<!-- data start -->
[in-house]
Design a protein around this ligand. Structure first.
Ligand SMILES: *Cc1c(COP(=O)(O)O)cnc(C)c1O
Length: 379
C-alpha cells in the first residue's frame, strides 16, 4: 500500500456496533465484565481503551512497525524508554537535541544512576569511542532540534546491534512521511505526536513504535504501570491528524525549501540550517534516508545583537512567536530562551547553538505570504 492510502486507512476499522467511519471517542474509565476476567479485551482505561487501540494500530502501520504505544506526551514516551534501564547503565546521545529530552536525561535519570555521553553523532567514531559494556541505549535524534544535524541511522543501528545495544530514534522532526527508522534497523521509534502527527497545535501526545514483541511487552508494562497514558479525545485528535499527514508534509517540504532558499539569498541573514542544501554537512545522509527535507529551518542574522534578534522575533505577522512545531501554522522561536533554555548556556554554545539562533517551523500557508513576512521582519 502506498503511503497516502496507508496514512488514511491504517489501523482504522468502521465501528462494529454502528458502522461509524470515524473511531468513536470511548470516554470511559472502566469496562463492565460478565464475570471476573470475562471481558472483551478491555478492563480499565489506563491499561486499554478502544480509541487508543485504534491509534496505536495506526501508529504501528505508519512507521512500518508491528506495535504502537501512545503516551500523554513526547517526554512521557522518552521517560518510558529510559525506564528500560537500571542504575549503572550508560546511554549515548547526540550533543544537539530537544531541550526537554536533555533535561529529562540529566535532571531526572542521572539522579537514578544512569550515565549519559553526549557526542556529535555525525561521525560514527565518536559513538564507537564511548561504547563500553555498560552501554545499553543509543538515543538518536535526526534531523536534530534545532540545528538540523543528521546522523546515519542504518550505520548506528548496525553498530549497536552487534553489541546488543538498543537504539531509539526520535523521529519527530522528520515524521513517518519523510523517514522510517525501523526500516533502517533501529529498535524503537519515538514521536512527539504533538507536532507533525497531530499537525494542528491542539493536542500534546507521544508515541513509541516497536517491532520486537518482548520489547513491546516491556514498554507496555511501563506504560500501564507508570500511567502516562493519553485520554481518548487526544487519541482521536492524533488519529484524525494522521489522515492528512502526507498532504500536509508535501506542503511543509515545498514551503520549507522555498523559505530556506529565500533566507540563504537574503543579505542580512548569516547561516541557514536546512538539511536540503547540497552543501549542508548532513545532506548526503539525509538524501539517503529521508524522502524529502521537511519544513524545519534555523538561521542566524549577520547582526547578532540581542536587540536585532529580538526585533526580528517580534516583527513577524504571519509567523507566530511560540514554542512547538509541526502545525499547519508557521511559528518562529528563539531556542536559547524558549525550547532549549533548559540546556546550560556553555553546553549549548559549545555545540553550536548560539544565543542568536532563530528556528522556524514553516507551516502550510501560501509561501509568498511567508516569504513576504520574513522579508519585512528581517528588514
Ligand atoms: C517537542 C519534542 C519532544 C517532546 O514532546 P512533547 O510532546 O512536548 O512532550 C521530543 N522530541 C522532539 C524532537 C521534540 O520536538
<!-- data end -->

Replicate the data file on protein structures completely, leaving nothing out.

[in-house]
Design a protein around this ligand. Structure first.
Ligand SMILES: *Cc1c(COP(=O)(O)O)cnc(C)c1O
Length: 379
C-alpha cells in the first residue's frame, strides 16, 4: 500500500456496533465484565481503551512497525524508554537535541544512576569511542532540534546491534512521511505526536513504535504501570491528524525549501540550517534516508545583537512567536530562551547553538505570504 492510502486507512476499522467511519471517542474509565476476567479485551482505561487501540494500530502501520504505544506526551514516551534501564547503565546521545529530552536525561535519570555521553553523532567514531559494556541505549535524534544535524541511522543501528545495544530514534522532526527508522534497523521509534502527527497545535501526545514483541511487552508494562497514558479525545485528535499527514508534509517540504532558499539569498541573514542544501554537512545522509527535507529551518542574522534578534522575533505577522512545531501554522522561536533554555548556556554554545539562533517551523500557508513576512521582519 502506498503511503497516502496507508496514512488514511491504517489501523482504522468502521465501528462494529454502528458502522461509524470515524473511531468513536470511548470516554470511559472502566469496562463492565460478565464475570471476573470475562471481558472483551478491555478492563480499565489506563491499561486499554478502544480509541487508543485504534491509534496505536495506526501508529504501528505508519512507521512500518508491528506495535504502537501512545503516551500523554513526547517526554512521557522518552521517560518510558529510559525506564528500560537500571542504575549503572550508560546511554549515548547526540550533543544537539530537544531541550526537554536533555533535561529529562540529566535532571531526572542521572539522579537514578544512569550515565549519559553526549557526542556529535555525525561521525560514527565518536559513538564507537564511548561504547563500553555498560552501554545499553543509543538515543538518536535526526534531523536534530534545532540545528538540523543528521546522523546515519542504518550505520548506528548496525553498530549497536552487534553489541546488543538498543537504539531509539526520535523521529519527530522528520515524521513517518519523510523517514522510517525501523526500516533502517533501529529498535524503537519515538514521536512527539504533538507536532507533525497531530499537525494542528491542539493536542500534546507521544508515541513509541516497536517491532520486537518482548520489547513491546516491556514498554507496555511501563506504560500501564507508570500511567502516562493519553485520554481518548487526544487519541482521536492524533488519529484524525494522521489522515492528512502526507498532504500536509508535501506542503511543509515545498514551503520549507522555498523559505530556506529565500533566507540563504537574503543579505542580512548569516547561516541557514536546512538539511536540503547540497552543501549542508548532513545532506548526503539525509538524501539517503529521508524522502524529502521537511519544513524545519534555523538561521542566524549577520547582526547578532540581542536587540536585532529580538526585533526580528517580534516583527513577524504571519509567523507566530511560540514554542512547538509541526502545525499547519508557521511559528518562529528563539531556542536559547524558549525550547532549549533548559540546556546550560556553555553546553549549548559549545555545540553550536548560539544565543542568536532563530528556528522556524514553516507551516502550510501560501509561501509568498511567508516569504513576504520574513522579508519585512528581517528588514
Ligand atoms: C517537542 C519534542 C519532544 C517532546 O514532546 P512533547 O510532546 O512536548 O512532550 C521530543 N522530541 C522532539 C524532537 C521534540 O520536538